Misc Tennis

Australian Open’s failed schedule experiment — Too-late matches remain

Australian Open's failed schedule experiment -- Too-late matches remain

Melbourne, AUSTRALIA — It was well after 4 o’clock in the morning when Andy Murray finally trudged off Margaret Court Arena after a grueling five-hour, five-set battle with Thanasi Kokkinakis at last year’s Australian Open.

Instead of celebrating the epic contest for what it was, public discourse immediately turned to what Murray described as the “farce” of being forced to begin his match well after 11 p.m.

“It’s not beneficial for [ballkids],” he said after the win. “It’s not beneficial for the umpires, the officials. I don’t think it’s amazing for the fans. It’s not good for the players.

“We talk about it all the time. It’s been spoken about for years. When you start the night matches late and have conditions like that, these things are going to happen.”

While Australian Open tournament director Craig Tiley at the time said there wouldn’t be any immediate changes to the scheduling, things were tweaked for this year’s tournament.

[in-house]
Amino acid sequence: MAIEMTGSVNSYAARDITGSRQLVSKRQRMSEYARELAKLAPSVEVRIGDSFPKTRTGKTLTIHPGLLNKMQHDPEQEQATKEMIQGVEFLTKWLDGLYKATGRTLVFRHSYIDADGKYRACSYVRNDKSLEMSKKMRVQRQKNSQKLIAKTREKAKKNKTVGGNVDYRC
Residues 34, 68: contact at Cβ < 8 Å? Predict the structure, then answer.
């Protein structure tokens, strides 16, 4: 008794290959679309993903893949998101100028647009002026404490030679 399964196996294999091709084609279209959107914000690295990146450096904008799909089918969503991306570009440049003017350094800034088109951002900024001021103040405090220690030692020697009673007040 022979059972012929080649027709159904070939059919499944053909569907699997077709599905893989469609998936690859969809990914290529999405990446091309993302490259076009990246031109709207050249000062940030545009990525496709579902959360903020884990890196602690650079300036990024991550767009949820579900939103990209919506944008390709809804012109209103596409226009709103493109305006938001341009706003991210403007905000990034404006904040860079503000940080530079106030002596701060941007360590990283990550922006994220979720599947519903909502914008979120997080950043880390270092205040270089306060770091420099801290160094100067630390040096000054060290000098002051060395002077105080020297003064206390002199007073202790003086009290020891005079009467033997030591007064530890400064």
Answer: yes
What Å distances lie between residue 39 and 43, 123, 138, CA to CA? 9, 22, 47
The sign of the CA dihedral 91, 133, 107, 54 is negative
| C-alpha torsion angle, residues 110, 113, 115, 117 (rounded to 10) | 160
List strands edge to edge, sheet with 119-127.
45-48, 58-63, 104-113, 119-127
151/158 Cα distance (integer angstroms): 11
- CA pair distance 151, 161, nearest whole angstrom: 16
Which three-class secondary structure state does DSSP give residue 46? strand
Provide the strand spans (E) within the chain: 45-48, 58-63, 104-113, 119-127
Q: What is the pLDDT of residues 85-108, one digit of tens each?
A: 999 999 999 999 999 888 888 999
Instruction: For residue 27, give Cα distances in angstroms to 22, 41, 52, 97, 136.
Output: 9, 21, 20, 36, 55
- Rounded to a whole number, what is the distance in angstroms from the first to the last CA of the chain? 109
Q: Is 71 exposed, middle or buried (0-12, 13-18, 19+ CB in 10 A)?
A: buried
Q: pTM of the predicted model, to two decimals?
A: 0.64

In an effort to alleviate the backlog of first-round matches, an extra day of play was added to the 2024 schedule — on the Sunday prior to the usual Monday start. Having three days for the 128 first-round matches was supposed to be a small change to help ensure fewer late nights at the Australian Open.

“[We] are excited to deliver a solution to minimize late finishes while continuing to provide a fair and equitable schedule on the stadium courts,” Tiley said at the time.

But the idea failed immediately.

On the first day of the tournament, world No. 2 Aryna Sabalenka‘s first serve was sent down at 11:41pm, with most of the Rod Laver Arena crowd already gone following Novak Djokovic‘s four-set epic win over Croatian teen Dino Prizmic.

And Thursday night there was a sense of deja vu around Melbourne Park when, like Murray and Kokkinakis last year, men’s world No. 3 Daniil Medvedev‘s second-round match didn’t…

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